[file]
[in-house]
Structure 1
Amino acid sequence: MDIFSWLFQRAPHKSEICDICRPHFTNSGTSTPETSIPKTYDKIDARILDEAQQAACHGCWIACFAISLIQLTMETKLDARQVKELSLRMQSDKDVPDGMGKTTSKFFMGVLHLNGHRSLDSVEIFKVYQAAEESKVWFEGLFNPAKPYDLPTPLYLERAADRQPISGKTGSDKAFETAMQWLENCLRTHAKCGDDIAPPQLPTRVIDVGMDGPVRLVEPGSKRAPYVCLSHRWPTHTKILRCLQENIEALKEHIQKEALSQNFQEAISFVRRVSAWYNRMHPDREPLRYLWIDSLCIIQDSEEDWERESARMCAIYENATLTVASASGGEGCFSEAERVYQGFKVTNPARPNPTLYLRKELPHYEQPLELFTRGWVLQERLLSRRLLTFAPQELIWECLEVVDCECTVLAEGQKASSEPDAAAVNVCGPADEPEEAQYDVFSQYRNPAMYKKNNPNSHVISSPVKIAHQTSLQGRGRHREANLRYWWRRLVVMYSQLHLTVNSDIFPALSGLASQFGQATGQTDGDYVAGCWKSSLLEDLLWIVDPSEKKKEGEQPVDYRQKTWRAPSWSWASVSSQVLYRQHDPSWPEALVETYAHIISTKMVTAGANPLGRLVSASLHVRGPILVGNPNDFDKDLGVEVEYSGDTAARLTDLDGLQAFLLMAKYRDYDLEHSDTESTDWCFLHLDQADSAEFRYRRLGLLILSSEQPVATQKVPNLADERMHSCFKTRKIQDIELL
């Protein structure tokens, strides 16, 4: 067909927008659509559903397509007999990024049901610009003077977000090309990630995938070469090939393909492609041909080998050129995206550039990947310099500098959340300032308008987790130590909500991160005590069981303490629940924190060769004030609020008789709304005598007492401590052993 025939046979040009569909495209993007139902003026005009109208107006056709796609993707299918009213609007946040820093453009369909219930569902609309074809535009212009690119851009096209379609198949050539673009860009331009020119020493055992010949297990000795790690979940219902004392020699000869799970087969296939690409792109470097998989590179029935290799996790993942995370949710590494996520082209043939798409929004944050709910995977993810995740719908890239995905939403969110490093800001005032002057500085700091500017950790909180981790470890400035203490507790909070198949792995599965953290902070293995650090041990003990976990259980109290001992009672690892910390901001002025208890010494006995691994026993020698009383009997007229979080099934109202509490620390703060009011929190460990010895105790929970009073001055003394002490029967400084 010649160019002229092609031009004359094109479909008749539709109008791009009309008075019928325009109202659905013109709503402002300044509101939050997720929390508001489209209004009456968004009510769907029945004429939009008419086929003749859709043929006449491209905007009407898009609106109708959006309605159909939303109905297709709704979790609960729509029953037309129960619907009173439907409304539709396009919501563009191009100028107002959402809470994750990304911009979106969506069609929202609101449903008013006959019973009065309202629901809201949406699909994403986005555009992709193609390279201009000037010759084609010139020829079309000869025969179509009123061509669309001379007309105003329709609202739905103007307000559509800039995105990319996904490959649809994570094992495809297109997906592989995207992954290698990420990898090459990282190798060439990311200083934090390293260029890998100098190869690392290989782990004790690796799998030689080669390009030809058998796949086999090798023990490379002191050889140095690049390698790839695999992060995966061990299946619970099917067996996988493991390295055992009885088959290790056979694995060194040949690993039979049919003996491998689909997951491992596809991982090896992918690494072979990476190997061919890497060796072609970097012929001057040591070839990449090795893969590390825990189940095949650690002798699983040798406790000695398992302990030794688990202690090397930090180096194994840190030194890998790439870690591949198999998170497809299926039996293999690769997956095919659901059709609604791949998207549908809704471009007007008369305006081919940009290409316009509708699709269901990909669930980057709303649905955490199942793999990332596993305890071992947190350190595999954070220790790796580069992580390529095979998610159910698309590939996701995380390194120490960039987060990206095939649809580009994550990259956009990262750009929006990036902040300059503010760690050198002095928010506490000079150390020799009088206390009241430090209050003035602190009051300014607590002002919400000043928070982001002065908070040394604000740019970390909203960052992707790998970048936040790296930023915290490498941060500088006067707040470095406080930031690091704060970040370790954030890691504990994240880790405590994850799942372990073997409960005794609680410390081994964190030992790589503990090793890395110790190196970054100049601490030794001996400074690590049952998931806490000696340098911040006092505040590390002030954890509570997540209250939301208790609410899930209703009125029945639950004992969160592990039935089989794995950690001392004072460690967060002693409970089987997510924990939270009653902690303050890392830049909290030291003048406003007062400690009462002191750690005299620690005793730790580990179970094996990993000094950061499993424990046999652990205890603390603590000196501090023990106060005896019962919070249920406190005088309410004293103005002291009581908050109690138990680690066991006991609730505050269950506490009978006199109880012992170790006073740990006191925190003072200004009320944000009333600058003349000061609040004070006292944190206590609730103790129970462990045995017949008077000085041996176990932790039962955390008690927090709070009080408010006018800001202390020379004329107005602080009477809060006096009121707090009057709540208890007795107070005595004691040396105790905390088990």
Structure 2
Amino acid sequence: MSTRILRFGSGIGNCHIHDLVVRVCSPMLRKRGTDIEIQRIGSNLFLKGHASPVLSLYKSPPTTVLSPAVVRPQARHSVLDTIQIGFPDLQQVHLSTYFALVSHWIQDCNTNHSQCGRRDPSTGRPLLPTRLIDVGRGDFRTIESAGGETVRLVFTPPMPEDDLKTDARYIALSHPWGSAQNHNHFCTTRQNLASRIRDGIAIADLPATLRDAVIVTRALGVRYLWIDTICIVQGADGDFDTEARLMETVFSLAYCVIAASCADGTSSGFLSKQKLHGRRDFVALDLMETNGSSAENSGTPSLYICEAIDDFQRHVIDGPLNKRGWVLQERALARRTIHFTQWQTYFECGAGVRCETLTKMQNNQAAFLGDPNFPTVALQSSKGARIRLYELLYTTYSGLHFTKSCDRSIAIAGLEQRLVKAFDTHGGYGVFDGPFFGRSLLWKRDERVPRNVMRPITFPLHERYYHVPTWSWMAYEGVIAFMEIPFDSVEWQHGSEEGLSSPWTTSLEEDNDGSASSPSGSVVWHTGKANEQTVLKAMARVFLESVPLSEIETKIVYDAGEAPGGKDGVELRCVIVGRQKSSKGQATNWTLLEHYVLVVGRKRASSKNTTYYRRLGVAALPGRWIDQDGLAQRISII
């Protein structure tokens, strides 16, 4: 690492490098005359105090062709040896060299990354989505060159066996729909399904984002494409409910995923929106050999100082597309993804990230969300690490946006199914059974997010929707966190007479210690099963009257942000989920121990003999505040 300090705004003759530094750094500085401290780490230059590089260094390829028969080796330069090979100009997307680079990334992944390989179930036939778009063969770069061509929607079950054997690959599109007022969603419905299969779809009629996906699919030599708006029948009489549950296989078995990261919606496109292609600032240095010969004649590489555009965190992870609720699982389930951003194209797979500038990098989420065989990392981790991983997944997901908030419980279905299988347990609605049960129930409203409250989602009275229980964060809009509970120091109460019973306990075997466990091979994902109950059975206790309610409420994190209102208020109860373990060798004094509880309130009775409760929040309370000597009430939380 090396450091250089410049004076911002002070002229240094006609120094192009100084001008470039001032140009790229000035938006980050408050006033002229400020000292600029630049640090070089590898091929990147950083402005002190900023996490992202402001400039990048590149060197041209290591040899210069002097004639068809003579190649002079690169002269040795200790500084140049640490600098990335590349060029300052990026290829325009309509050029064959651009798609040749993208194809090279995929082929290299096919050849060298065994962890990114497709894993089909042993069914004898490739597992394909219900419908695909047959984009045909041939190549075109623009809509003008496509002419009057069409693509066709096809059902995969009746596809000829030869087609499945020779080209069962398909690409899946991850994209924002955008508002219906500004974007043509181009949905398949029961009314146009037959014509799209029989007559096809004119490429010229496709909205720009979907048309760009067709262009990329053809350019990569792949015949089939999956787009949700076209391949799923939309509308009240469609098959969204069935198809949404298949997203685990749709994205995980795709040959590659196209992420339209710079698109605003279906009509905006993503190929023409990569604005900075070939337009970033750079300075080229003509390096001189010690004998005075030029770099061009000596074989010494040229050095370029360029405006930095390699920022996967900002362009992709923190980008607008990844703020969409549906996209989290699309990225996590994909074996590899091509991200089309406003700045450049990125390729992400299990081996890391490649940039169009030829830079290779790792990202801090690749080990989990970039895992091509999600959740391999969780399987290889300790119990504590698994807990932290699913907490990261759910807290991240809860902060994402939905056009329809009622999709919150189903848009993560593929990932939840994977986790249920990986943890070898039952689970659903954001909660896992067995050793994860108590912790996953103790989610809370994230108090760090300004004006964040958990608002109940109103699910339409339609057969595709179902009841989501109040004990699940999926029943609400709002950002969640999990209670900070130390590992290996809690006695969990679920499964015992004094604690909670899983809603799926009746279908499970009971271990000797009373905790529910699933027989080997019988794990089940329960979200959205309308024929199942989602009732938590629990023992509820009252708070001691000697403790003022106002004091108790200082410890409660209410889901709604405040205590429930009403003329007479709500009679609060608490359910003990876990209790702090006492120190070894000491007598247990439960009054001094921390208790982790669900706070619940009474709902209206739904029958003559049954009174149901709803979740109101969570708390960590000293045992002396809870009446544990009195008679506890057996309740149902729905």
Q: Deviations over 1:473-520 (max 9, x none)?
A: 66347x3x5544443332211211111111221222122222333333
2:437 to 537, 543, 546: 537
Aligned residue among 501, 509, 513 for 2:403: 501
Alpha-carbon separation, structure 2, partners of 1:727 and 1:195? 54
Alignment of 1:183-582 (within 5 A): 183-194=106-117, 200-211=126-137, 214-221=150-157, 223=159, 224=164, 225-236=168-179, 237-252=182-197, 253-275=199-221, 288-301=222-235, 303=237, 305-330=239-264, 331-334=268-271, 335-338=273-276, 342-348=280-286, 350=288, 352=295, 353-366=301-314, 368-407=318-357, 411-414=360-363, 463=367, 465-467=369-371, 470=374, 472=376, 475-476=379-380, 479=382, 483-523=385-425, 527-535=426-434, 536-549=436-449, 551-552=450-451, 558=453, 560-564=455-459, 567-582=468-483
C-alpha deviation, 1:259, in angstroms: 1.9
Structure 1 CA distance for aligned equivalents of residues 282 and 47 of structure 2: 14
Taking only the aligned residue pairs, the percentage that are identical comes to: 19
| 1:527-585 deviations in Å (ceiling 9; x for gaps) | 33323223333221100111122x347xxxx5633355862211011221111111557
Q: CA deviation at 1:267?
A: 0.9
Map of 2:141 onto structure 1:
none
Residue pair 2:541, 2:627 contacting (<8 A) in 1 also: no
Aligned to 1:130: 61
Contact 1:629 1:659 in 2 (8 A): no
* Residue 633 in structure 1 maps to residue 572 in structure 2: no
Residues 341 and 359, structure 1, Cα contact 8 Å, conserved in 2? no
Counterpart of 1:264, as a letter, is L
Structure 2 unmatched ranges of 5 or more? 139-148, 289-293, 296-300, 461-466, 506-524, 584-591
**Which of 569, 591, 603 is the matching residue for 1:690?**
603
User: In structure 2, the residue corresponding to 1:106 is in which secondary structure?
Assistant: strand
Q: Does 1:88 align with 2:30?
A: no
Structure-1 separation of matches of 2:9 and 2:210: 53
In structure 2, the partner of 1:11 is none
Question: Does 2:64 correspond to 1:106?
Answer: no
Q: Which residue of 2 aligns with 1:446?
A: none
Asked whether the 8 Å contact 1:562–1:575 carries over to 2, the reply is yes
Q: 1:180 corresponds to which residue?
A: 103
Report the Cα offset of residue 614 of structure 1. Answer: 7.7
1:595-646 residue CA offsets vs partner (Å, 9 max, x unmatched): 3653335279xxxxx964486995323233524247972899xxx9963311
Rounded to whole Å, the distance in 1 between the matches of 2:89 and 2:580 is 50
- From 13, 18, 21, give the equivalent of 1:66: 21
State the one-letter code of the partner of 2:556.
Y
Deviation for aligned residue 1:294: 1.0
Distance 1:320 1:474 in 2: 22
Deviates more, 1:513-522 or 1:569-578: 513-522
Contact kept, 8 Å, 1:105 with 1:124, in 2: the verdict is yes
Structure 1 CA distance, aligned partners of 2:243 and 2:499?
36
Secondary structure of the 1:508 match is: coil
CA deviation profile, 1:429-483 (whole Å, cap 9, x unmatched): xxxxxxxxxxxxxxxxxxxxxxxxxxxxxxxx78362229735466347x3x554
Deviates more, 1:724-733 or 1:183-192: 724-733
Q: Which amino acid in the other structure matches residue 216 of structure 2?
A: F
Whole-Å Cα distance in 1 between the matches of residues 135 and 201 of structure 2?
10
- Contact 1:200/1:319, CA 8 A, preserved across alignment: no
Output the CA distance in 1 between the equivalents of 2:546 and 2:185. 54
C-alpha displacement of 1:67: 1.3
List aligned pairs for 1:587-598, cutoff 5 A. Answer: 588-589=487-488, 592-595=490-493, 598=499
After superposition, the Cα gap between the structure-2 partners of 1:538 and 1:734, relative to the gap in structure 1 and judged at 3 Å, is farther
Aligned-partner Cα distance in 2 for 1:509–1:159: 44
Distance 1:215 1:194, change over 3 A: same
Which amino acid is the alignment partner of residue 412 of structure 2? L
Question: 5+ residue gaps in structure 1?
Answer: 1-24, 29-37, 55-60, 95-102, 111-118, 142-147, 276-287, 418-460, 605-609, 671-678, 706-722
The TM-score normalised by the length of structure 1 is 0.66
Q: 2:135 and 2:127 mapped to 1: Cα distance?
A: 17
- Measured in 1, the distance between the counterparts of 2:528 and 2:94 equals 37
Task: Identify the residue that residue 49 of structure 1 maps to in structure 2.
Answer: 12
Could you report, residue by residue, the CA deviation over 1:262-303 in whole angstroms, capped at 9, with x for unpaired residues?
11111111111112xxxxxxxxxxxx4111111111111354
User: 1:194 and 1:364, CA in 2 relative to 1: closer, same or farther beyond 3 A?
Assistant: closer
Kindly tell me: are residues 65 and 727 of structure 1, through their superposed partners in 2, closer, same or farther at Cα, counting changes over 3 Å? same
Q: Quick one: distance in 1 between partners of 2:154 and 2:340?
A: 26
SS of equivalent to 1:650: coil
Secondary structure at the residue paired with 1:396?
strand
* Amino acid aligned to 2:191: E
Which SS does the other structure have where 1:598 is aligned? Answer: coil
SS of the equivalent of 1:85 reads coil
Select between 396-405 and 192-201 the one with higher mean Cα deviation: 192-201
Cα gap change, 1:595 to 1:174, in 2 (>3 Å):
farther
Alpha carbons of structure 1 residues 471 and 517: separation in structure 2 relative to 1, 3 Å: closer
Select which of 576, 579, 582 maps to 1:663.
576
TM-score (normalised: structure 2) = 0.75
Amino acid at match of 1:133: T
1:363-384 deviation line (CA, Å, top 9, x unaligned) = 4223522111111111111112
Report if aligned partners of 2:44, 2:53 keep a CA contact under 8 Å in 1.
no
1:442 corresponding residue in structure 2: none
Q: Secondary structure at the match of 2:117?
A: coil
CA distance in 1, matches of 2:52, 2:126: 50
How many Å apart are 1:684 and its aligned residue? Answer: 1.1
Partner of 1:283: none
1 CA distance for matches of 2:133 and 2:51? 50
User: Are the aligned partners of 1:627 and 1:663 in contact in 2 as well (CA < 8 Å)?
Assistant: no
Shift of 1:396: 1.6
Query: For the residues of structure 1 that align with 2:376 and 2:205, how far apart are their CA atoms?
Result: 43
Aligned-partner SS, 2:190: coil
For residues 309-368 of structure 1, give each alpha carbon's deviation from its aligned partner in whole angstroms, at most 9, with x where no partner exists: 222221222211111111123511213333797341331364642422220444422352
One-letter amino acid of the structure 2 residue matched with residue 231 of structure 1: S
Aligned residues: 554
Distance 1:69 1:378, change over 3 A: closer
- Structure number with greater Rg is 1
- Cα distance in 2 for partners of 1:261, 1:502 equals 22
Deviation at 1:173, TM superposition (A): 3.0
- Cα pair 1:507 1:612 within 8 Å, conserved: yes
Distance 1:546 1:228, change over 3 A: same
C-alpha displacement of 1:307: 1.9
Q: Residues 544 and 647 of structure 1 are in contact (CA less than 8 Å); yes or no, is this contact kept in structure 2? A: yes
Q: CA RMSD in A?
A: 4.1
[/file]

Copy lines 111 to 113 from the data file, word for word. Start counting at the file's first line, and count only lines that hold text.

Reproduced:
Assistant: no
Shift of 1:396: 1.6
Query: For the residues of structure 1 that align with 2:376 and 2:205, how far apart are their CA atoms?